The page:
This project will develop synergistic solutions to the modeling and algorithmic challenges of resource distribution among a team of robots for long-duration autonomy. The goals of this project are to overcome the algorithmic and modeling challenges of long-duration deployment for teams of autonomous vehicles. Specifically, the work will focus on the development of a synergistic modeling and deployment framework, using reuse closed loop supply chain and deployment strategies which deliver an automatically synthesized concurrent solution for coordination, planning, and control for the delivery of resources via autonomous vehicles. The objectives of this proposal are to develop a new modeling and coordination framework for UXVs: (1) to recover and distribute reusable resources such as energy and sensors to enable robots to operate beyond their on-board energy or sensor capabilities in degradative environments; (2) to enable human-in-the-loop decision making for risk assessment, priority adjustments, and in-field requests; and (3) that is experimentally validated via a proof-of-concept heterogeneous team of unmanned ground and aerial vehicles. The novelty of the work lies in the interdependent approach to resource allocation modeling and deployment for long-duration autonomy.
Measuring and Mitigating the Impact of Network Bias on Computation in Graphs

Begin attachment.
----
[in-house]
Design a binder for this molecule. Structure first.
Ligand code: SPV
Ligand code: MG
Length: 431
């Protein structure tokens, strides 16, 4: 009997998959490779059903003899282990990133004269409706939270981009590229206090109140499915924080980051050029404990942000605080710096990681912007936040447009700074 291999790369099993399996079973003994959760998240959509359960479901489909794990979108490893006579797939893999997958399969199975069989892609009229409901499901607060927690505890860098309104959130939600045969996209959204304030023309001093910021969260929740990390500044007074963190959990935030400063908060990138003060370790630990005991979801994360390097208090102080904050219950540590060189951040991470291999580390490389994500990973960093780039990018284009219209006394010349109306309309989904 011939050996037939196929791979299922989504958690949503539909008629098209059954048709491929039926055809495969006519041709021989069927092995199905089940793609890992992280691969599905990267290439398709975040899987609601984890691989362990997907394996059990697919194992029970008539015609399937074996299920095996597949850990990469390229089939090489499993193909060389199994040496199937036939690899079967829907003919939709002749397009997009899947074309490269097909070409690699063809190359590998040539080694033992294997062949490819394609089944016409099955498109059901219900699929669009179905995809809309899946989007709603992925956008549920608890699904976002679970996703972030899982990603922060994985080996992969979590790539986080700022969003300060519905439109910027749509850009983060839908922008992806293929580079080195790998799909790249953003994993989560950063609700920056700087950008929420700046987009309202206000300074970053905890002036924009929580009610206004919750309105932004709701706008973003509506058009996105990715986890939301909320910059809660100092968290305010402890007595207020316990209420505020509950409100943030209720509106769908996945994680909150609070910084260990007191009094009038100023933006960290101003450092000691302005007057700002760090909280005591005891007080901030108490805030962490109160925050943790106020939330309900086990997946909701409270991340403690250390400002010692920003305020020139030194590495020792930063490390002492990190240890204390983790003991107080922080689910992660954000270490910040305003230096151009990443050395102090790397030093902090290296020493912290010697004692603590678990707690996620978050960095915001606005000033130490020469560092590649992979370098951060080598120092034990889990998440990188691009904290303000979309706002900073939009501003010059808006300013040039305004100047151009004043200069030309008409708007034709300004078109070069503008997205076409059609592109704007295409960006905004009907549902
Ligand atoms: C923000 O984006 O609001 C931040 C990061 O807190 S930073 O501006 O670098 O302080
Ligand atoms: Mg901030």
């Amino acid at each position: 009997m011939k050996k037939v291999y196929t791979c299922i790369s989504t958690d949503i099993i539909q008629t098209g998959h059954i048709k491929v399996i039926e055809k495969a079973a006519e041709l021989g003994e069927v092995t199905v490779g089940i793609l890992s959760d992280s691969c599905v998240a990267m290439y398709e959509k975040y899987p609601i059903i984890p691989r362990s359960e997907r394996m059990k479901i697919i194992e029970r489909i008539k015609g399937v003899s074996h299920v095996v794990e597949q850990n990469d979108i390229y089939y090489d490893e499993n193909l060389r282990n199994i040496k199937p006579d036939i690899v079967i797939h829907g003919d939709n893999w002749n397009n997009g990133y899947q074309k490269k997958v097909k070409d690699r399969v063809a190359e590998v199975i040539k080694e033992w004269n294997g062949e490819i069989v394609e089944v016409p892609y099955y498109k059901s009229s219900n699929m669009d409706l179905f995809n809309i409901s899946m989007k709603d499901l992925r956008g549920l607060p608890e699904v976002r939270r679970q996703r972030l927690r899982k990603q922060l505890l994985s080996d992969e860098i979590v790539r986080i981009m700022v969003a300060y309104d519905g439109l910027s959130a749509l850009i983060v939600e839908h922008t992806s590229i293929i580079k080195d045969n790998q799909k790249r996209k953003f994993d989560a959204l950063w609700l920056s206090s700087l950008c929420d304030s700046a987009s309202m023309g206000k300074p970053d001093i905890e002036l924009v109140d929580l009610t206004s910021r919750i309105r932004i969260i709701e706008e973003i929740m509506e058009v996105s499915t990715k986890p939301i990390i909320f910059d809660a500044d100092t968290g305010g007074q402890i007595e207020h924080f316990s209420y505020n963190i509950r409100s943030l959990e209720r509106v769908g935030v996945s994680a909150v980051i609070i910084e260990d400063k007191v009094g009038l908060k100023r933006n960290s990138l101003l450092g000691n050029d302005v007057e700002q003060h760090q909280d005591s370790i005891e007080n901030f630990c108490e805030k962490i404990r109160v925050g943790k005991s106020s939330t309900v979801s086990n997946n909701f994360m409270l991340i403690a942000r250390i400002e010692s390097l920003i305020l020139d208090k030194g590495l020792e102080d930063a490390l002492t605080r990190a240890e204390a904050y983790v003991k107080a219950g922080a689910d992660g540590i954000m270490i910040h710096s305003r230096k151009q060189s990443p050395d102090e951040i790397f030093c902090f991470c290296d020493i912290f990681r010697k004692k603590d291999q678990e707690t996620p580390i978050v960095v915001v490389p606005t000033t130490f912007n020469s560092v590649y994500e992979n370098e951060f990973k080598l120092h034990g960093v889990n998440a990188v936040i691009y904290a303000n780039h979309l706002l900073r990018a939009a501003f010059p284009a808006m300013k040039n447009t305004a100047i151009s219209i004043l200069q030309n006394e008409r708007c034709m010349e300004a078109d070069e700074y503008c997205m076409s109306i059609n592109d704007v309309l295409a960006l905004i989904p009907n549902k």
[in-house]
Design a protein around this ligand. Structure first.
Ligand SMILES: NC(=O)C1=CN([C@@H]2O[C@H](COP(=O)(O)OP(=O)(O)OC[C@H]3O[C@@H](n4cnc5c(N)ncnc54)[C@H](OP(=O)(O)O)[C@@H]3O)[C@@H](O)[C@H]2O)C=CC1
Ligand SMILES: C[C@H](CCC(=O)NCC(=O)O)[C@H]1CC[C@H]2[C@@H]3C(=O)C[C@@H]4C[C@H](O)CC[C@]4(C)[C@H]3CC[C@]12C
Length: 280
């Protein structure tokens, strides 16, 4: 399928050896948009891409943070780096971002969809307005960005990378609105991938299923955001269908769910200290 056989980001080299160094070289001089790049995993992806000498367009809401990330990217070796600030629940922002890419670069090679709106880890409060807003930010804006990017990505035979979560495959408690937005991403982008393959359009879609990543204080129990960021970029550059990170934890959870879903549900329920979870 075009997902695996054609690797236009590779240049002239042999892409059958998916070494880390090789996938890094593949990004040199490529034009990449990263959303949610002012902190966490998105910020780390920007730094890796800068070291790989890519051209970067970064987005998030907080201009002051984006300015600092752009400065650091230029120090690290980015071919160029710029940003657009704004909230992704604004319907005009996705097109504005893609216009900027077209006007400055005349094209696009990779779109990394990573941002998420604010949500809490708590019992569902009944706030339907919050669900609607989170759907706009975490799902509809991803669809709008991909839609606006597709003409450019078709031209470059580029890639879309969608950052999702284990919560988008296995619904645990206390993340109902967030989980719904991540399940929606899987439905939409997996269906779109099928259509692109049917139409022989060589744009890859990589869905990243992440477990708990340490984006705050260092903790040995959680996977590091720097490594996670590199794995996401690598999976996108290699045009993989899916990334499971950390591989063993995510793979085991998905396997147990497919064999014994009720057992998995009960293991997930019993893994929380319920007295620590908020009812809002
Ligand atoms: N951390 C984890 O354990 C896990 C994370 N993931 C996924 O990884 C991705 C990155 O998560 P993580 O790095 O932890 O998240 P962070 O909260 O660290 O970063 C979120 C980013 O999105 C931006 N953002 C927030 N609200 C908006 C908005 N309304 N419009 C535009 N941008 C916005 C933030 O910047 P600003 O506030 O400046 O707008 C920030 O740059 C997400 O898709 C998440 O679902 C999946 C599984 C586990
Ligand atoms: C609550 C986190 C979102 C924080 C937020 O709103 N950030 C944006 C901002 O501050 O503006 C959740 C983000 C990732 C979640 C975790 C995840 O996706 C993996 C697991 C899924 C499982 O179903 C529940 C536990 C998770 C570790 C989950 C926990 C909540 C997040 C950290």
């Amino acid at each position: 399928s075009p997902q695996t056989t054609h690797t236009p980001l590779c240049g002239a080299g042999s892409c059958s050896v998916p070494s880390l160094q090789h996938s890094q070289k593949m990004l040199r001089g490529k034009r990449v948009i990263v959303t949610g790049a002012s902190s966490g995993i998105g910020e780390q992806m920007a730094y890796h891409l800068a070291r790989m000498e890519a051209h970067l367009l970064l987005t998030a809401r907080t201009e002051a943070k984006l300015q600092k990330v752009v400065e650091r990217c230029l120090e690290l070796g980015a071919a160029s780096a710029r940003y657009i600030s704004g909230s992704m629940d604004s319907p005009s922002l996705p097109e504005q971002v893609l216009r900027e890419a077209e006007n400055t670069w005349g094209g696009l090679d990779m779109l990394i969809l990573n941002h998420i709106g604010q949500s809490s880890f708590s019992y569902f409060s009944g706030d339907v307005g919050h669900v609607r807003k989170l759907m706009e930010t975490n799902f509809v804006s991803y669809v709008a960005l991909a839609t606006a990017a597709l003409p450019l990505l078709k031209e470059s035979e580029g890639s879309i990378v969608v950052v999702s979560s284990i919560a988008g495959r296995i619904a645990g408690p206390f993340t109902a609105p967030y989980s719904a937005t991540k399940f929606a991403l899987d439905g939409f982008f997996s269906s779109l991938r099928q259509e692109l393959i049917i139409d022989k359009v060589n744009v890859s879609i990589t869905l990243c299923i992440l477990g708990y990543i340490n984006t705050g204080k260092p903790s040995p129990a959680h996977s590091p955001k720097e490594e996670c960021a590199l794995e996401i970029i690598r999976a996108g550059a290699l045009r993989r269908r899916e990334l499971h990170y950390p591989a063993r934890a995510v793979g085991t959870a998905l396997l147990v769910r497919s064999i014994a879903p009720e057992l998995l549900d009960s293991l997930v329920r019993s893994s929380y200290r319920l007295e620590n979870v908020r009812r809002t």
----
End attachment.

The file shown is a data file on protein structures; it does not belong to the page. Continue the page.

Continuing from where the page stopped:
Kristina Lerman (USC, lead PI)
Graphs are often massive, making it infeasible for graph mining algorithms to obtain a global view of the graph and data on it. To analyze such graphs, scalable graph-mining computation relies on local algorithms, such as belief propagation, that aggregate data locally in a neighborhood of some vertex and propagate results to neighboring vertices. Successive iterations integrate these values to improve results of distributed computation. However, graph structure can dramatically impact performance of distributed algorithms by introducing systematic differences between local and global views of the graph and the data on it. These differences may bias results of local computation on graphs. Proposed work will quantify this local bias effect. The work will explain how this bias depends on the structure of the graph, develop a theoretical framework to quantify it for any graph, as well as computational approaches to mitigate the bias.